God Is Great; God Is Good
by Phil Johnson
love Job’s immediate reaction to the first wave of tragedies that rocked his life, robbed him of his possessions, and took the lives of his children, all in one single, horrific day: “He said, ‘Naked I came from my mother’s womb, and naked shall I return. The Lord gave, and the Lord has taken away; blessed be the name of the Lord'” (Job 1:21).
It’s a response rooted in the very doctrines most people today associate with Calvinism. Job was confessing that God is sovereign; that every good thing Job ever had in the first place was a gracious gift from the Lord’s hand; and that by definition, Job had no rightful claim to any of God’s blessings.
Even more important, in the throes of a grief greater than you and I have ever known, Job was confessing that God is good. It was the very opposite of what Satan claimed Job would do (verse 11): “He will curse you to your face.” Instead of cursing, Job blessed God’s name. He knew that even in the midst of such unthinkable calamity—despite all the evil that had befallen him—God is good.
Job did not understand God’s purpose, of course. He knew nothing of Satan’s challenge (vv. 9-11). But he knew the character of God. That is why he was so tormented trying to figure it all out. But you can read all his complaints and protests, and you will see that he never once impugns the goodness of God. In fact, in Job 13:15, Job says, “Though He slay me, yet will I trust Him.” He trusted that God was good.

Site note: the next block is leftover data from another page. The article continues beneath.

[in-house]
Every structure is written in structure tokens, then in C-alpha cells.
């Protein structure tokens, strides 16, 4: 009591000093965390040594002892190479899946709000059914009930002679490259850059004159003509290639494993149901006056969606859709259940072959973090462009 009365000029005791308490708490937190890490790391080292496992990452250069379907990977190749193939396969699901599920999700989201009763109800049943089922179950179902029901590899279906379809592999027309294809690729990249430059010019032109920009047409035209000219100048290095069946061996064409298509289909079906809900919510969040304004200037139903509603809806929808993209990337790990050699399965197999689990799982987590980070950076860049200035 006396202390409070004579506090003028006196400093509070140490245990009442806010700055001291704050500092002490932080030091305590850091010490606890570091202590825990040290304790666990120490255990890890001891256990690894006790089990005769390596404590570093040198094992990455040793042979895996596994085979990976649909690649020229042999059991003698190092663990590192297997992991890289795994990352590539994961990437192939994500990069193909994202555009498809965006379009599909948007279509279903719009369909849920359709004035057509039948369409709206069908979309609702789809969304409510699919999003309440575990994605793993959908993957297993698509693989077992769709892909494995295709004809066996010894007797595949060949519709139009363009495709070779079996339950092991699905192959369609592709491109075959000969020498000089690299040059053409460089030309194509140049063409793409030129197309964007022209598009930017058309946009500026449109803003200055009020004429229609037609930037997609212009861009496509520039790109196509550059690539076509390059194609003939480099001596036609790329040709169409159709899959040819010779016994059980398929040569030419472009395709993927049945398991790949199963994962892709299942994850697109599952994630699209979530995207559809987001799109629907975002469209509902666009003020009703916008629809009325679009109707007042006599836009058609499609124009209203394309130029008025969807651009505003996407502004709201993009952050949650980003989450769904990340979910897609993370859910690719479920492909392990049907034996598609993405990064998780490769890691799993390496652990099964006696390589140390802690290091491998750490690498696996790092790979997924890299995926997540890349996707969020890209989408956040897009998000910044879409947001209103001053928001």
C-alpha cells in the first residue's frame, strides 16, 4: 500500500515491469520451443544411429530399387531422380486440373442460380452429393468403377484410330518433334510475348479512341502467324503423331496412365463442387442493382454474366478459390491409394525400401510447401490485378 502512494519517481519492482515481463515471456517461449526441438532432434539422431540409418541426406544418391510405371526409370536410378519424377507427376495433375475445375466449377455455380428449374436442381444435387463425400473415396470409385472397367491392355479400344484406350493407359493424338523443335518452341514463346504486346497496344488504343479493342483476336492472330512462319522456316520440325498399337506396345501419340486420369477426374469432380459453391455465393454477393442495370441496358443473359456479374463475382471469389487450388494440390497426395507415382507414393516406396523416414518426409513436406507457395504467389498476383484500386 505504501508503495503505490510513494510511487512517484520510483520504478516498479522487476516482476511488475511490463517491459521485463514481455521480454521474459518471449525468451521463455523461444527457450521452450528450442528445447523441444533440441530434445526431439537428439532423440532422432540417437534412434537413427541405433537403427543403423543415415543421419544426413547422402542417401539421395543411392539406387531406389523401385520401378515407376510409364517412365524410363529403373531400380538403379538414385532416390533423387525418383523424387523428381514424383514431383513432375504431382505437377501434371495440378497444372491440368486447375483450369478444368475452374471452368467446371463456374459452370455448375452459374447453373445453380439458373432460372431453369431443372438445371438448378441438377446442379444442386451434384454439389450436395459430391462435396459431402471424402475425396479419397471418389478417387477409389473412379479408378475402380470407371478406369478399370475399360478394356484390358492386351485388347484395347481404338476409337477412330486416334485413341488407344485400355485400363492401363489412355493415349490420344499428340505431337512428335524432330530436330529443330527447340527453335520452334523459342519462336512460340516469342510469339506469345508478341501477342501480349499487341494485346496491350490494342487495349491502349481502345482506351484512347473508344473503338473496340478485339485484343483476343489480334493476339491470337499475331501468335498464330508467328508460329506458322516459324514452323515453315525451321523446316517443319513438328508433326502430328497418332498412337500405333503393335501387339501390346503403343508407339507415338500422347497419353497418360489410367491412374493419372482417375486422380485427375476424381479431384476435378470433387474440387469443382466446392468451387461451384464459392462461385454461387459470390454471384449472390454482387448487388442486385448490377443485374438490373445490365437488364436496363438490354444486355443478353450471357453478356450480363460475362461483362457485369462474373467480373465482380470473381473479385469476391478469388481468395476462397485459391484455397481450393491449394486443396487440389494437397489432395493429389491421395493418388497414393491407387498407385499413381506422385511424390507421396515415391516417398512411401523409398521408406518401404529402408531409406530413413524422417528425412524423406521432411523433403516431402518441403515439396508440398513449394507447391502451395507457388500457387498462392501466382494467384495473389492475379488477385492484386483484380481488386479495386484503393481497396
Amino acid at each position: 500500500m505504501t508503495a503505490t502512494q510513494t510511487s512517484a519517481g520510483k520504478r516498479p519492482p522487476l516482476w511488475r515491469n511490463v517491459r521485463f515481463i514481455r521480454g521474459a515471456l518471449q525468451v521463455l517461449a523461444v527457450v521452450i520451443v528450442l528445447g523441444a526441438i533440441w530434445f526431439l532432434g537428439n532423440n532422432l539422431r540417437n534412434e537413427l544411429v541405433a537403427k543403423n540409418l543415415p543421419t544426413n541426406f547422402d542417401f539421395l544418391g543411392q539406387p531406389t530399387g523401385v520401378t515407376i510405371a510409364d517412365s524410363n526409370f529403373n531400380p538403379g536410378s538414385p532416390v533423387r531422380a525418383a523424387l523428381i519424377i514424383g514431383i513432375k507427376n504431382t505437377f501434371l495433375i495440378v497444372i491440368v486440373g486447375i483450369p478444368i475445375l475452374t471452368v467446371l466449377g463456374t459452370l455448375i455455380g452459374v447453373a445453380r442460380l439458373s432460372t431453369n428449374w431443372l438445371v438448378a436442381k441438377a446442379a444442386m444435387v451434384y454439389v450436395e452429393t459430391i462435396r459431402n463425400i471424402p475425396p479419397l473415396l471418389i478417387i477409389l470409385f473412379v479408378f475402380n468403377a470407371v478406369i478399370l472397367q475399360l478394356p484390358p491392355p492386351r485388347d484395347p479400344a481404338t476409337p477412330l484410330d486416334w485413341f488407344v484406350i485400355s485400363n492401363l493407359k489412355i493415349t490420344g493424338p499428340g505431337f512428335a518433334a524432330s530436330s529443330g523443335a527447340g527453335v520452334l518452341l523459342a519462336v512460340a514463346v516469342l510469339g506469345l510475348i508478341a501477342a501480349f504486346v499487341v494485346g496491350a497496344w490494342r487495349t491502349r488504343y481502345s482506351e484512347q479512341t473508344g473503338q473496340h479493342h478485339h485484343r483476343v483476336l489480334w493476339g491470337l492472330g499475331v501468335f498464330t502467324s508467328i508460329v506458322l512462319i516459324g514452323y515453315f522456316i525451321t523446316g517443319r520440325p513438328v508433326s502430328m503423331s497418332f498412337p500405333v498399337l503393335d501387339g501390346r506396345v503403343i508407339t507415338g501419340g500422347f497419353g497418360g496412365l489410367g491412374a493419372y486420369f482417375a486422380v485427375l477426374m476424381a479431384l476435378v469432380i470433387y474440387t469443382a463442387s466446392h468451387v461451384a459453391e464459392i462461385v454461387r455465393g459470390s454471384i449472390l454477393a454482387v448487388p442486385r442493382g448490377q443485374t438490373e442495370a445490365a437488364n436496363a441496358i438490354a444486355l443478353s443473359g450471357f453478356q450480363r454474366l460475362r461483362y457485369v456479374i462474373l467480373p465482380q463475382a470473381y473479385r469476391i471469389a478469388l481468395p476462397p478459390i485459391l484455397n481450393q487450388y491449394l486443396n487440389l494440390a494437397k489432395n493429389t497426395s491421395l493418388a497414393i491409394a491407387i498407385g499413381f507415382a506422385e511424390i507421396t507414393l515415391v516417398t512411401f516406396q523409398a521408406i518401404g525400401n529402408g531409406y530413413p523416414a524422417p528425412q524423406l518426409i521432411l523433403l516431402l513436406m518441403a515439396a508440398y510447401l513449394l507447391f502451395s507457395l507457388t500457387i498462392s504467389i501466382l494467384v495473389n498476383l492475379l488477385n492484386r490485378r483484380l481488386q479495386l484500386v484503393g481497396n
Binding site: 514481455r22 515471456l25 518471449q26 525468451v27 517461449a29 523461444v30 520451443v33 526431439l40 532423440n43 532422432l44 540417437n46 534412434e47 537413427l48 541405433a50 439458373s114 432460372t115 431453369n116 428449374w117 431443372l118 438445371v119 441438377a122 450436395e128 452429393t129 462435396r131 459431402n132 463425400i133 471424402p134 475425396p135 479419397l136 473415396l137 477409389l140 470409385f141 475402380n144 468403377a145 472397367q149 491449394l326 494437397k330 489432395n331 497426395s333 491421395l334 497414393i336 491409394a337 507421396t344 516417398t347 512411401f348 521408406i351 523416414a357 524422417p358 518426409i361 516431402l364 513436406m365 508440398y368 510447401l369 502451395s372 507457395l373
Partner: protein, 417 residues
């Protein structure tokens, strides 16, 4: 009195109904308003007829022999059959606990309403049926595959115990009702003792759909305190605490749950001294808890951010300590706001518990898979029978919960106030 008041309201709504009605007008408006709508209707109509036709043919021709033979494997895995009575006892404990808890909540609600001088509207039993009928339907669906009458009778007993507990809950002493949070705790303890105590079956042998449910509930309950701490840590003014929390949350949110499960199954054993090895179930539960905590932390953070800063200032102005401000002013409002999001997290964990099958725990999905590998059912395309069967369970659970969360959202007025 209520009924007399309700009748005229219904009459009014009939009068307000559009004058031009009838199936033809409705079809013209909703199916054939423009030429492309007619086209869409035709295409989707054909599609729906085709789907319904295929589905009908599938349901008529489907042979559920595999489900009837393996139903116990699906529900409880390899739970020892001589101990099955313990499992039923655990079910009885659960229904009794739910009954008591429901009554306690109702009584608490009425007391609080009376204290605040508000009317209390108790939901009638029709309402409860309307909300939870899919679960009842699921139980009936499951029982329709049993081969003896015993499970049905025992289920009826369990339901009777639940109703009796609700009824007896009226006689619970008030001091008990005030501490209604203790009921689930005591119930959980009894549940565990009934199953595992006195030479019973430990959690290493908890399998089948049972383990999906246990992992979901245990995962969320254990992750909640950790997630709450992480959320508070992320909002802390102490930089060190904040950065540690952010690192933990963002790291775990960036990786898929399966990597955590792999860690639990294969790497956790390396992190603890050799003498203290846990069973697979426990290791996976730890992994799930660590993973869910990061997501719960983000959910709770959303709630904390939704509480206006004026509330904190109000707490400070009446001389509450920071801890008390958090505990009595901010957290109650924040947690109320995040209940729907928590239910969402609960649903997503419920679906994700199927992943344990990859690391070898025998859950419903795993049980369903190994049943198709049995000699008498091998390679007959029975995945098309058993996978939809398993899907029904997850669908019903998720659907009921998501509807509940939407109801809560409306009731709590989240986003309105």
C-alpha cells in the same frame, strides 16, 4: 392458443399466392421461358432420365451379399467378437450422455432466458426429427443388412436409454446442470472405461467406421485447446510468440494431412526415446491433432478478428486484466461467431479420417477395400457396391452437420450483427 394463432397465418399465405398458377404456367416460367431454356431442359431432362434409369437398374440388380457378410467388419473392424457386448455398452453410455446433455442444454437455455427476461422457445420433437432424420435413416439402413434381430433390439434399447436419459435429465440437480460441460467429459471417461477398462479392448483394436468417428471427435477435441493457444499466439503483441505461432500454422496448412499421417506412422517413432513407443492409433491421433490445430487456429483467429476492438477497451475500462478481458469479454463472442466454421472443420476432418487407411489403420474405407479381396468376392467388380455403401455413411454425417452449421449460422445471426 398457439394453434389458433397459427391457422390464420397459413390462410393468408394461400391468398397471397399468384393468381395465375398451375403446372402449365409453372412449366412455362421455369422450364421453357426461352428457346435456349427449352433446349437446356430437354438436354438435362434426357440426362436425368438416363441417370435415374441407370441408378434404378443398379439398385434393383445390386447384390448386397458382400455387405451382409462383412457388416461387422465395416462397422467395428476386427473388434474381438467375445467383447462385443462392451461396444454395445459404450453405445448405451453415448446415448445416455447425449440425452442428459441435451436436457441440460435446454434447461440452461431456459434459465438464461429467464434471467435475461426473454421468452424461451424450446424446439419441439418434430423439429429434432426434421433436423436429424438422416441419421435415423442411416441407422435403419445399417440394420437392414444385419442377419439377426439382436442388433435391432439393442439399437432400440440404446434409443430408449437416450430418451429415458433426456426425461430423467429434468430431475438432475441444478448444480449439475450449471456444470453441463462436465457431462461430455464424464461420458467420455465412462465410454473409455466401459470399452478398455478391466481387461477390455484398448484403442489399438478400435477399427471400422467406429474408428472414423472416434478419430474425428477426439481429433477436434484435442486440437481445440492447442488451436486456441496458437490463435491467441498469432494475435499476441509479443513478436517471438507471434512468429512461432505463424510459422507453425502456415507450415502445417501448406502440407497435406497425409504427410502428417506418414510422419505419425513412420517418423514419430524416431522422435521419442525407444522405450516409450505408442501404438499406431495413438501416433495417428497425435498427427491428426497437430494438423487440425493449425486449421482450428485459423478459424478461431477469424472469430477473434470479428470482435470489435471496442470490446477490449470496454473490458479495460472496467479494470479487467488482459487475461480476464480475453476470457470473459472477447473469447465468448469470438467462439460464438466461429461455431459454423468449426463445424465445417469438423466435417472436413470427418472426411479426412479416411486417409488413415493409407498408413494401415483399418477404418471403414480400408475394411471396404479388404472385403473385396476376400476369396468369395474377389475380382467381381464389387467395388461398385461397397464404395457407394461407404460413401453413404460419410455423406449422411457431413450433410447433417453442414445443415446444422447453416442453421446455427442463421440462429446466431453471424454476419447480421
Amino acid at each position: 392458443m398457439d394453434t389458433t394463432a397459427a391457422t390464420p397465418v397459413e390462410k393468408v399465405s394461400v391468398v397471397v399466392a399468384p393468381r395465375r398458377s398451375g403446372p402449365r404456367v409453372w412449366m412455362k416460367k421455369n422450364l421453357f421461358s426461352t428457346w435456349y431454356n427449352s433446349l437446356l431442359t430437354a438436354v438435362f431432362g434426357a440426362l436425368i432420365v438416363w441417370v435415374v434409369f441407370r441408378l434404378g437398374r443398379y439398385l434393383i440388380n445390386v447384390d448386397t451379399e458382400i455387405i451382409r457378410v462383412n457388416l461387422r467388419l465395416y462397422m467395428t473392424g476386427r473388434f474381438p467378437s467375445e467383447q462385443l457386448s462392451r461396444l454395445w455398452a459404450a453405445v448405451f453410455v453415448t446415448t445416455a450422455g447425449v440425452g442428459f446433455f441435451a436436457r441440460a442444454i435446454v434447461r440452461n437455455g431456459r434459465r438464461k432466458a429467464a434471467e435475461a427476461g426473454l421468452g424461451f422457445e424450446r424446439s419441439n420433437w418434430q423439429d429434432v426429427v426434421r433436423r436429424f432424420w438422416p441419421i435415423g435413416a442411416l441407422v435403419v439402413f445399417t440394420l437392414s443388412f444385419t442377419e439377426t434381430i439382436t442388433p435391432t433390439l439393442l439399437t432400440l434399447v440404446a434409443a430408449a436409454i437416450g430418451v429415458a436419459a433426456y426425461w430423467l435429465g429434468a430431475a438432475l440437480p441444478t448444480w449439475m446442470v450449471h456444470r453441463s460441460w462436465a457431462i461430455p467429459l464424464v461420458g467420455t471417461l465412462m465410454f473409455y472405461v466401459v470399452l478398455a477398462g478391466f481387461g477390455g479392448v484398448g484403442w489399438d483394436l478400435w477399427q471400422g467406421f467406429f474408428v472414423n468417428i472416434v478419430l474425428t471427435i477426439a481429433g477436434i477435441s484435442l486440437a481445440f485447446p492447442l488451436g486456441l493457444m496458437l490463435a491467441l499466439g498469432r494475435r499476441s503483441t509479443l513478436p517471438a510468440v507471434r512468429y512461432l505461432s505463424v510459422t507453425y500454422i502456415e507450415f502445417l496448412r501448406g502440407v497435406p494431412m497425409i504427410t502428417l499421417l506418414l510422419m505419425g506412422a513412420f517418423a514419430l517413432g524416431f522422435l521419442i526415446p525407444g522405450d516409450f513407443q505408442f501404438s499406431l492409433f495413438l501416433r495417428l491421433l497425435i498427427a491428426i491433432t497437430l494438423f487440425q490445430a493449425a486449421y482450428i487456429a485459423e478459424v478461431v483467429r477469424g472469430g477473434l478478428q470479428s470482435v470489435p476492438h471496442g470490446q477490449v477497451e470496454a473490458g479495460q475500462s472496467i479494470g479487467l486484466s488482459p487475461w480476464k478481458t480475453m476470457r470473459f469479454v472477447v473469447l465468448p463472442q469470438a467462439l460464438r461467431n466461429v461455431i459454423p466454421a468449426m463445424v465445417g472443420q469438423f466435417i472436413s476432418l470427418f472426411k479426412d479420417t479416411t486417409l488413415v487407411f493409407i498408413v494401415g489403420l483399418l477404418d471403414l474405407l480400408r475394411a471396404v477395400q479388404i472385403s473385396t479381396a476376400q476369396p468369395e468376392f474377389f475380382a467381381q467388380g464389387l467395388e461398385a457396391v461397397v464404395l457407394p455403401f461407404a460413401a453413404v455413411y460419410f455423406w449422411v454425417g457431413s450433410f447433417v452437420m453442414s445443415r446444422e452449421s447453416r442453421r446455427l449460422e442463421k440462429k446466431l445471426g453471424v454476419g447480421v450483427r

Did you realize that in the New Testament, James says that is the very lesson the book of Job is designed to teach us? James 5:10-11: “As an example of suffering and patience, brothers, take the prophets who spoke in the name of the Lord. Behold, we consider those blessed who remained steadfast. You have heard of the steadfastness of Job, and you have seen the purpose of the Lord, how the Lord is compassionate and merciful.”
Even this horrible trial was a token of the Lord’s mercy and compassion to Job. I know that is hard to grasp because of our human prejudices, but I am certain that when we get to heaven, we will hear testimony from the lips of Job himself about the great goodness and compassion of God that came to him because of his trial.
See, although Scripture says Job was a righteous man (Job 1:1, 8), that doesn’t mean he wasn’t a sinner. It means he was a justified sinner. His conscience was clear of any unrepented sin (and Job himself outlines that argument in chapter 31). Some have suggested that there was an element of overconfidence or self-righteousness in Job. But remember that even Satan had nothing to accuse him for in chapter 1. He was justified. He was forgiven. He had devoted his life to the pursuit of holiness, and there was no glaring, gross, or life-destroying sin in his life.
Still, Job was not sinless. He acknowledged his need for a Redeemer in Job 19:25. And at the end of the book, when He begins to have an even greater understanding of God’s greatness and sovereignty, Job’s response in Job 42:6 is, “I despise myself, and repent in dust and ashes.”
But let’s not miss the point: God did not afflict Job in order to punish him for his sin. God was testing him, proving him, and strengthening his faith. God’s ultimate purpose for Job was good, even though the immediate effect was calamity. This was not punishment for his sin.